Cerebrovascular autoregulation (CA) is an important hemodynamic mechanism that protects the brain against inappropriate fluctuations in cerebral blood flow in the face of changing cerebral perfusion pressure.

While most systems of the body show some degree of autoregulation, the brain is very sensitive to over- and underperfusion.

Brain perfusion is essential for life since the brain has a high metabolic demand. By means of cerebrovascular autoregulation the body is able to deliver sufficient blood containing oxygen and nutrients to the brain tissue for this metabolic need, and remove CO2 and other waste products.

However, due to the important influences of arterial carbon dioxide levels, cerebral metabolic rate, neural activation, activity of the sympathetic nervous system, posture, as well as other physiological variables, cerebral autoregulation is often interpreted as encompassing the wider field of cerebral blood flow regulation. This field includes areas such as CO2 reactivity, neurovascular coupling and other aspects of cerebral haemodynamics.

This regulation of cerebral blood flow is achieved primarily by small arteries, arterioles, which either dilate or contract under the influence of multiple complex physiological control systems.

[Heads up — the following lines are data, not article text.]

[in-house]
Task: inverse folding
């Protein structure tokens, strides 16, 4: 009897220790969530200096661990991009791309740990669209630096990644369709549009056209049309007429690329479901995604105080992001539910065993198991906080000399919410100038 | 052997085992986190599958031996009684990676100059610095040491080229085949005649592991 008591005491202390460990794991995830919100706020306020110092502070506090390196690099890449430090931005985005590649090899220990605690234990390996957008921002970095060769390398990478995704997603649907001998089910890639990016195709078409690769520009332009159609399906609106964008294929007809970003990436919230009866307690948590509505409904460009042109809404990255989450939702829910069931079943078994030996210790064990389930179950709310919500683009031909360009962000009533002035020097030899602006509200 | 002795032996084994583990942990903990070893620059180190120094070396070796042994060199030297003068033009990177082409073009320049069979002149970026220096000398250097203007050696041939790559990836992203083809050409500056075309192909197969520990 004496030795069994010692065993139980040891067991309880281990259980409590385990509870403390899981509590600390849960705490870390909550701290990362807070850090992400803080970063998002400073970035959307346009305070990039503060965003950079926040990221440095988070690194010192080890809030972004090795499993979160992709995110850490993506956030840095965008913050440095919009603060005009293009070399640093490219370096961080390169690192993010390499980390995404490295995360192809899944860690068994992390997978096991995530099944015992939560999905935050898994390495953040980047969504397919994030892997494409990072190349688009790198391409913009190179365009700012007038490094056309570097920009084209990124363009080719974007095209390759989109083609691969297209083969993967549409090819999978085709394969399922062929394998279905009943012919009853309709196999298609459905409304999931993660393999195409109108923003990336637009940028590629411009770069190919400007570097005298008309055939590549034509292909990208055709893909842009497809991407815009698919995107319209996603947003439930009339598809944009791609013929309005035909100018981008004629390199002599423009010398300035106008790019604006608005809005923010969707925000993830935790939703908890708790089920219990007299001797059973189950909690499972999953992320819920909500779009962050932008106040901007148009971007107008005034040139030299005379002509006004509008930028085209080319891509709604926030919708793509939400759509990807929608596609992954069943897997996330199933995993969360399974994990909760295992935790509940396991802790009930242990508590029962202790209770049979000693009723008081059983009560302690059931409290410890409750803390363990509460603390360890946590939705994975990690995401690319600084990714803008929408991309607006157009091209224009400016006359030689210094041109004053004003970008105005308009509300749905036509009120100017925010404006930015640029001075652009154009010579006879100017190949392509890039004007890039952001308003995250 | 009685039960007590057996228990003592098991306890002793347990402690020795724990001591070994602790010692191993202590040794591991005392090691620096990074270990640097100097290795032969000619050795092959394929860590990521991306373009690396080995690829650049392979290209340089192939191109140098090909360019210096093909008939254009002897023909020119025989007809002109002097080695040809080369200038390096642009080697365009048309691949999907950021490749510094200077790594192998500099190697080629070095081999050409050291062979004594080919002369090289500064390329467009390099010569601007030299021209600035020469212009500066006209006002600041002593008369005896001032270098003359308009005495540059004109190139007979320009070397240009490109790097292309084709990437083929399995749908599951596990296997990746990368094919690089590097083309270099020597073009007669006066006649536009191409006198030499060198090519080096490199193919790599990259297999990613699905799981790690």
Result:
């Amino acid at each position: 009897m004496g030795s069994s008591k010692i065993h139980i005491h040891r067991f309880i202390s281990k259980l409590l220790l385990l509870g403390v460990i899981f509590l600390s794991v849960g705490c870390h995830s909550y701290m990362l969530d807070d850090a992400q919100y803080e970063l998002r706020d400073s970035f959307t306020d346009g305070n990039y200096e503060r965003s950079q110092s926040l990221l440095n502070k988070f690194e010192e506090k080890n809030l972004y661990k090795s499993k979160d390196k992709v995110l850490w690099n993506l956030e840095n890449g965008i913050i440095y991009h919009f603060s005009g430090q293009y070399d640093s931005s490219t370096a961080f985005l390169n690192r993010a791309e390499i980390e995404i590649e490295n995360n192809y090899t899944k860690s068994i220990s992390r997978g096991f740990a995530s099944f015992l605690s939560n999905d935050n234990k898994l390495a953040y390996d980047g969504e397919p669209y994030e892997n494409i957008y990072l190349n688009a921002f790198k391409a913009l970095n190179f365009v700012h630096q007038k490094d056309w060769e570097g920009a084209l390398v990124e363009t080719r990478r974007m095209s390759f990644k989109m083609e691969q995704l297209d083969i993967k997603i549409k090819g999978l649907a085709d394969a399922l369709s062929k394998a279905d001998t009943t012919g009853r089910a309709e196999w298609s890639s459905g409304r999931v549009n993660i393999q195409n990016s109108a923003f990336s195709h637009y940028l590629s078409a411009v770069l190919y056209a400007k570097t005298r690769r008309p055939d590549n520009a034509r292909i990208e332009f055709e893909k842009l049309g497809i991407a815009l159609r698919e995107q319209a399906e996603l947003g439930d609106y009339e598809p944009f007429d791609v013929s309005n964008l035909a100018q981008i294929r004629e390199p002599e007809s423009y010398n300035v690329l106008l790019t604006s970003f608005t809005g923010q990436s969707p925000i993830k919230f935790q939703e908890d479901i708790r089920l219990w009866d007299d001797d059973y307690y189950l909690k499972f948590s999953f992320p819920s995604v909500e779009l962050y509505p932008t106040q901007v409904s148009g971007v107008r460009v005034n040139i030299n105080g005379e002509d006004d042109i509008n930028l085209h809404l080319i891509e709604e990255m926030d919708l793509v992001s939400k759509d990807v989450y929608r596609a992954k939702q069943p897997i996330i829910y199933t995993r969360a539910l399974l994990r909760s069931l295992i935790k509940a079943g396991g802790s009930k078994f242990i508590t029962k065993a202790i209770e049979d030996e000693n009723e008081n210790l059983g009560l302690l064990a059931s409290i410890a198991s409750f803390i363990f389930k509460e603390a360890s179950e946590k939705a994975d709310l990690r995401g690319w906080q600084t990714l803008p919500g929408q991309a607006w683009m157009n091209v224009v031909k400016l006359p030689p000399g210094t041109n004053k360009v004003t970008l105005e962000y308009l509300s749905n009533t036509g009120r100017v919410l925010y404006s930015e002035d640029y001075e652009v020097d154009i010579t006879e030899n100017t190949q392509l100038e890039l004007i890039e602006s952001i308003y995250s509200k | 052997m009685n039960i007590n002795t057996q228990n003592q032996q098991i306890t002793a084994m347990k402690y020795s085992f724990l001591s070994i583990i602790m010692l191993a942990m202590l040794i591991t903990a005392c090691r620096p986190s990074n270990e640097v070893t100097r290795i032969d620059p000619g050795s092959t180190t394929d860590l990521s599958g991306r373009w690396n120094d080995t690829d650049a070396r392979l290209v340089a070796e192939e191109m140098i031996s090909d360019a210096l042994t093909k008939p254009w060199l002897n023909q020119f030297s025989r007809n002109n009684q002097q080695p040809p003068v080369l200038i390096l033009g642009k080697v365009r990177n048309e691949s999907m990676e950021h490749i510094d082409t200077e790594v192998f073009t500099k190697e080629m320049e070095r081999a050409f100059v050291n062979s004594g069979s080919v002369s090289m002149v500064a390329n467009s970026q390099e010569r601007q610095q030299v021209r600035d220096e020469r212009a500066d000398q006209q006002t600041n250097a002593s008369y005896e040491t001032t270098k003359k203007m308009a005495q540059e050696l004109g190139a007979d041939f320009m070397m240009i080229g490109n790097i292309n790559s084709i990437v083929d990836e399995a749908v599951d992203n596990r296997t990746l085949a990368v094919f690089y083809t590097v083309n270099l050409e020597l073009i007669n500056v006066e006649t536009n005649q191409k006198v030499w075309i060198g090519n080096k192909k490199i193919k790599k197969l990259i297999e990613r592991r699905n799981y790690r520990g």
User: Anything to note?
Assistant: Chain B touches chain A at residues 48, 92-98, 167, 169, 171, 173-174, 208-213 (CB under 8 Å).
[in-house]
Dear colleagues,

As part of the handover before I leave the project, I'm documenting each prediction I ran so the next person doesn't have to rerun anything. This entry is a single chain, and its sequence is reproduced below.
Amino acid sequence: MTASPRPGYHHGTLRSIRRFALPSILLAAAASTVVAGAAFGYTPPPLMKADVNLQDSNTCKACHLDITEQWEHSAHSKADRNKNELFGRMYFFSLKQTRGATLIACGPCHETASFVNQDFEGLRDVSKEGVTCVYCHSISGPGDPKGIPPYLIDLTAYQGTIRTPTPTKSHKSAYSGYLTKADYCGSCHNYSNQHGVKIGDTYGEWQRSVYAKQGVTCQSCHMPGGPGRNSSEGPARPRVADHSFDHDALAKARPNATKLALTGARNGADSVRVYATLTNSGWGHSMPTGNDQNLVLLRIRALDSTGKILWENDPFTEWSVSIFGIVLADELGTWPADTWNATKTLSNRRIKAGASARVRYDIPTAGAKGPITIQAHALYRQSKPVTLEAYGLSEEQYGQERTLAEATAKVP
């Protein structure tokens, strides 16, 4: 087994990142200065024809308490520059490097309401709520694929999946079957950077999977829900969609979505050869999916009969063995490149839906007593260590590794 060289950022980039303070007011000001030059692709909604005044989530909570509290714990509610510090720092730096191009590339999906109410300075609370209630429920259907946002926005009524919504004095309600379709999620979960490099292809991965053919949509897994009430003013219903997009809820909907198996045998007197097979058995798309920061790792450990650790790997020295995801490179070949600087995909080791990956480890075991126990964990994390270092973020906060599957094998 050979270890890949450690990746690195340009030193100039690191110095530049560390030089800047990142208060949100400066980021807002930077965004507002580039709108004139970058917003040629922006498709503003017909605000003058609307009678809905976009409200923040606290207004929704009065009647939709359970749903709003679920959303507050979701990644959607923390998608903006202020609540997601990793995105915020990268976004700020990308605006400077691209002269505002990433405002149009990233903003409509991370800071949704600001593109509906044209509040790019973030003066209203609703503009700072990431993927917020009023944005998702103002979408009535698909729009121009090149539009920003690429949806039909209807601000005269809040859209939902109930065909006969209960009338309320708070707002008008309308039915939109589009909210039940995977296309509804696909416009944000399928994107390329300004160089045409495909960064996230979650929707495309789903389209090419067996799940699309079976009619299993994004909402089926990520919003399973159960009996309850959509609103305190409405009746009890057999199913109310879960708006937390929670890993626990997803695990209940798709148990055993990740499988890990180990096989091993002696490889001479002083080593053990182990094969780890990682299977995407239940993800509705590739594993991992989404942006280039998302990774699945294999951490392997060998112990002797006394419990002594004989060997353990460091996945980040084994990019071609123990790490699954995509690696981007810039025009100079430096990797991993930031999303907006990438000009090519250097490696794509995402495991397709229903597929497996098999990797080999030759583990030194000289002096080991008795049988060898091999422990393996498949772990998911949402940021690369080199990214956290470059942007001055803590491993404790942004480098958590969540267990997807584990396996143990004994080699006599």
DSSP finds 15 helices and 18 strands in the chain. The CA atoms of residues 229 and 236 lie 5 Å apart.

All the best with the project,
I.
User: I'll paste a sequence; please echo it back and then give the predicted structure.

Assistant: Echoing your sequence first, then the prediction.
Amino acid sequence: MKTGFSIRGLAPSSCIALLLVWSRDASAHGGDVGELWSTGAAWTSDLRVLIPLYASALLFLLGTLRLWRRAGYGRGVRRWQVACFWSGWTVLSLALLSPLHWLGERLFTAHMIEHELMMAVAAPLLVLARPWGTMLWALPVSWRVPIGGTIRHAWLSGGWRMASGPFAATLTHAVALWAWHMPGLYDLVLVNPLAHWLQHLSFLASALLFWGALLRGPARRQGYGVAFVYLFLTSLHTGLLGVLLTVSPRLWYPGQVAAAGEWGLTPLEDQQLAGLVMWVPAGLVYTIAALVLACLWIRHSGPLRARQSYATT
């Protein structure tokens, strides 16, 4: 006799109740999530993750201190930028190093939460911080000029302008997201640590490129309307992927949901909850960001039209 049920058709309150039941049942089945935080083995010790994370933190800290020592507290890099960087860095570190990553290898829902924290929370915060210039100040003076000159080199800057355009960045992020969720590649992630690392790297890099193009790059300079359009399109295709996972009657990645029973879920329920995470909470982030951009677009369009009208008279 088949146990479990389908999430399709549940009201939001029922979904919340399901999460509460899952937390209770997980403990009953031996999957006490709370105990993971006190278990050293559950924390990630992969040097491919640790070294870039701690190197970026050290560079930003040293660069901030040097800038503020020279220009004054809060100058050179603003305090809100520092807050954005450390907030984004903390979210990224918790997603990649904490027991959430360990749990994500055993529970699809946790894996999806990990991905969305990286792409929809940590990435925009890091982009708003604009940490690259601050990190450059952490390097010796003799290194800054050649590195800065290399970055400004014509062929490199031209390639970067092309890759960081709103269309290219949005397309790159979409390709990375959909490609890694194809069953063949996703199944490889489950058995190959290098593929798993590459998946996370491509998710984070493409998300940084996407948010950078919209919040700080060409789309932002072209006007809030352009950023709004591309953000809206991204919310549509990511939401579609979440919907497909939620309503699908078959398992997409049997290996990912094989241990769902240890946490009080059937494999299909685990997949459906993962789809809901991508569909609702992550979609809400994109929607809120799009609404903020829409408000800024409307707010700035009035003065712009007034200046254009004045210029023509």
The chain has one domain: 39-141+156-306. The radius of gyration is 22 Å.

Impairment of these systems may occur e.g. following stroke, trauma or anaesthesia, in premature babies and has been implicated in the development of subsequent brain injury.

Cerebral autoregulation disturbance after traumatic brain injury is associated with worse outcome.

Autonomic impairment after acute traumatic brain injury has been associated independently with both increased morbidity and mortality. Links between autonomic impairment and increased intracranial pressure or impaired cerebral autoregulation have been described as well. However, relationships between autonomic impairment, intracranial pressure, impaired cerebral autoregulation, and outcome remain poorly explored.

The non-invasive measurement of relevant physiological signals like cerebral blood flow, intracranial pressure, blood pressure, CO2 levels, cerebral oxygen consumption, etc. is challenging. Even more so, the subsequent assessment of the control systems. Much remains unknown about the physiology of blood flow control and the best clinical interventions to optimize patient outcome.

Increased cerebral blood volume: may result from loss of cerebral vascular autoregulation. This hyperemia may sometimes occur with extreme rapidity, in which case it has sometimes been referred to as diffuse or “malignant cerebral edema,” which carries close to 100% mortality and may be more common in children. Management consists of aggressive measures to maintain ICP < 22 mm Hg and CPP > 60-70 mm Hg. (whether 60 or 70 is the optimal minimum for CPP is unclear).